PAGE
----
Akademik Lomonosov floating nuclear power station, launched April 2019 (The Independent)

Whatever you think of the term, the Blue Economy indicates an expanding interest in putting human-made structures in the ocean. There are already concerns about urban congestion turning into “marine sprawl”.

The consequences have the potential to be both good and bad. Either way, achieving these engineering feats will require greater investment and understanding in ocean science.

Artificial Intelligence and the Ocean

Can Artificial Intelligence (AI) predict the ocean better than dynamical models?

Machine learning algorithms – and more broadly, AI –  promise fast computation of the world’s complex problems.

Nature published a study last month that claims to predict ENSO at lead times of up to one and a half years. The authors trained a convolutional neural network (CNN) on data from 1871 to 1973, and then applied the resulting forecast method for 1984 to 2017 (Ham et al 2019).

Schematic of the convolutional neural network. For more details see paper (Ham et al 2019)

Does it work? Yes.

The forecast skill of the Nino3.4 index in the CNN model is systematically superior to all state-of-the-art dynamical prediction systems at lead times longer than six months
(Ham et al 2019)

The results are stunning.

Correlation skills of Nino 3.4 index as a function of lead time by modelling method. CNN method is in red, all others are dynamical forecasts. (Ham et al 2019)

The CNN method has a hit rate of 66.7 % at predicting an El Nino event 12 months in advance.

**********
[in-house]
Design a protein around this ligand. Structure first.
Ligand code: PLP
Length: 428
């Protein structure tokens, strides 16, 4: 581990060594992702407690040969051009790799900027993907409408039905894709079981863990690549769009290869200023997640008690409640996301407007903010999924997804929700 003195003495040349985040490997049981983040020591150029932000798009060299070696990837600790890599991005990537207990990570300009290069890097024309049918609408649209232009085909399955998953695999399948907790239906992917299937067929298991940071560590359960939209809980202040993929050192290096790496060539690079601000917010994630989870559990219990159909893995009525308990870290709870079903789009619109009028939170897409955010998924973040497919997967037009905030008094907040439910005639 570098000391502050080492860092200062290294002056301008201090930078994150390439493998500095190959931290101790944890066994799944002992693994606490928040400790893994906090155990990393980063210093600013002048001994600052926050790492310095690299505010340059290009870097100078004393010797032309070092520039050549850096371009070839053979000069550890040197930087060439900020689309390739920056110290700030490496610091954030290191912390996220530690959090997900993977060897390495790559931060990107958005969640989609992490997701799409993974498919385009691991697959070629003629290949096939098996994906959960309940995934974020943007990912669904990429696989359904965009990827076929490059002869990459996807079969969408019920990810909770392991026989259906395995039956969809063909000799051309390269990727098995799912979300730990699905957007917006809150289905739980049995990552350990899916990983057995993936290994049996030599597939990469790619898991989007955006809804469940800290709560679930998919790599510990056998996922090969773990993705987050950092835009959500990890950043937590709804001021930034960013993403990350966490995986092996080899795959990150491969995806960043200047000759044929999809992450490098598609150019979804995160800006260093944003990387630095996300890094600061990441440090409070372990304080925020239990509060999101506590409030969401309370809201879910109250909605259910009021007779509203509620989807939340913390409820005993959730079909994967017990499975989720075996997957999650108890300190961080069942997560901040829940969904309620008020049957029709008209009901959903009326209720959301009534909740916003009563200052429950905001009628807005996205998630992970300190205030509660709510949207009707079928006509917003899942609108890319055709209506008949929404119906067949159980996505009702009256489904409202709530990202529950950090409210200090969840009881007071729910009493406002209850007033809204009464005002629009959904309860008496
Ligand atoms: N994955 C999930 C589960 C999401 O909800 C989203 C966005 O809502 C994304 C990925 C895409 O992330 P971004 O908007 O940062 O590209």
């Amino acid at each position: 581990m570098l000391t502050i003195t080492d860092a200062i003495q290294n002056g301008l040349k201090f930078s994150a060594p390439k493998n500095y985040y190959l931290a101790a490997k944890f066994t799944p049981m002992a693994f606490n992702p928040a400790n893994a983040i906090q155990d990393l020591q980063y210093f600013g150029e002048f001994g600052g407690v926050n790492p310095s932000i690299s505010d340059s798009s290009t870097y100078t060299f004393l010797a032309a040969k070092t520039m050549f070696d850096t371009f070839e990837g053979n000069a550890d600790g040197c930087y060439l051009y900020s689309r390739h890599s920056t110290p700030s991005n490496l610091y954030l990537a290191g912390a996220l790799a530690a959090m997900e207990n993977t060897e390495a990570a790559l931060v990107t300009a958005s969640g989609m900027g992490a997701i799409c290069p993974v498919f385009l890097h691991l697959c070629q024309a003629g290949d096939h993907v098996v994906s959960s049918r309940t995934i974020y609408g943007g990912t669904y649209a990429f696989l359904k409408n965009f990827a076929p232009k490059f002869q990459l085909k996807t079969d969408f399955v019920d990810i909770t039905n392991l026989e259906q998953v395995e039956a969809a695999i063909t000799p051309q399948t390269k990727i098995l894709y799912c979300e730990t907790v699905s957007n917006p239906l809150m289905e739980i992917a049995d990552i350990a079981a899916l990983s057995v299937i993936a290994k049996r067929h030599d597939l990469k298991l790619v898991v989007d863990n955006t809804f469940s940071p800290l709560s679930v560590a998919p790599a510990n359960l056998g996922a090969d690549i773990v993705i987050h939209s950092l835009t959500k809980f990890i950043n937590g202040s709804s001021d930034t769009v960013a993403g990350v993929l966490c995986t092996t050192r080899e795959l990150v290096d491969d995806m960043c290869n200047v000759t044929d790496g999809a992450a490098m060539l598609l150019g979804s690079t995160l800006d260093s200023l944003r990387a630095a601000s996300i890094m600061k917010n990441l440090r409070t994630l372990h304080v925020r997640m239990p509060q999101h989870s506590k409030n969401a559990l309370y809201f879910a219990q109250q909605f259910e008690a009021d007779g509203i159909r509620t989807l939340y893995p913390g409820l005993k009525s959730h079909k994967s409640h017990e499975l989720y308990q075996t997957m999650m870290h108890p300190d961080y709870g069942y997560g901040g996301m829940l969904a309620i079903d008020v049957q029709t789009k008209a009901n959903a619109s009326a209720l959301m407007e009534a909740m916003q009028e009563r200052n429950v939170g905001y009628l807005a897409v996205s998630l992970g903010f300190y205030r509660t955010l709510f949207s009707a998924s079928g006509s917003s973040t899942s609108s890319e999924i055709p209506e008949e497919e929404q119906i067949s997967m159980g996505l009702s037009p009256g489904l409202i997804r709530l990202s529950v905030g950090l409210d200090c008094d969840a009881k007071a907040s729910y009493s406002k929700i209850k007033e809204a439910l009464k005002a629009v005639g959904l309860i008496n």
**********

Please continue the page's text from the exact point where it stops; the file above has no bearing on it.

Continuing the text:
A downside to machine learning is that it is a “black box”, whereby no physical interpretations can be applied to the algorithms inside. However, as this paper shows, the outputs can capture spatial complexity across the Pacific and show physically meaningful patterns.

What about finer scale ocean features?

At the Forum for Operational Oceanography in Melbourne this week, a number of presentations on machine learning were heard.

Jeff Hansen from UWA described a method to improve operational wave forecasts. The authors of this work (Hansen, Wu, Watson and Greenslade) applied a recurrent neural network (RNN) to 18 months of the Bureau’s archived wave forecasts at three wave buoy locations.

When the resulting RNN algorithm was applied to AUSWAVE-R forecasts, the output improved the RMSE by 19% for significant wave height and38 % for peak wave period. An impressive result.

Storm surge is another area where machine learning is being applied. Daryl Metters from the QLD department of Environment and Science presented on using AI-only to predict surge. Metters tried a range of machine learning techniques, using the inputs of tidal residual and weather at Clump Point in QLD. The neural network method was the most computationally expensive, while linear and tree methods were the fastest. A method known as Random Forrest produced the best results with a storm surge correlation of 0.4 to 0.5.

This is not quite enough to throw out the Bureau’s dynamical storm surge system which goes operational in the next couple of months. However, some success has been found in the UK by combining machine learning with computational hydrodynamics to predict inundation at ports (French et al 2017).

Perhaps these developments point to the future of AI and the ocean: dynamical models will provide the base output, then machine learning techniques can refine the results at targeted locations.

What do you think? Leave a comment below.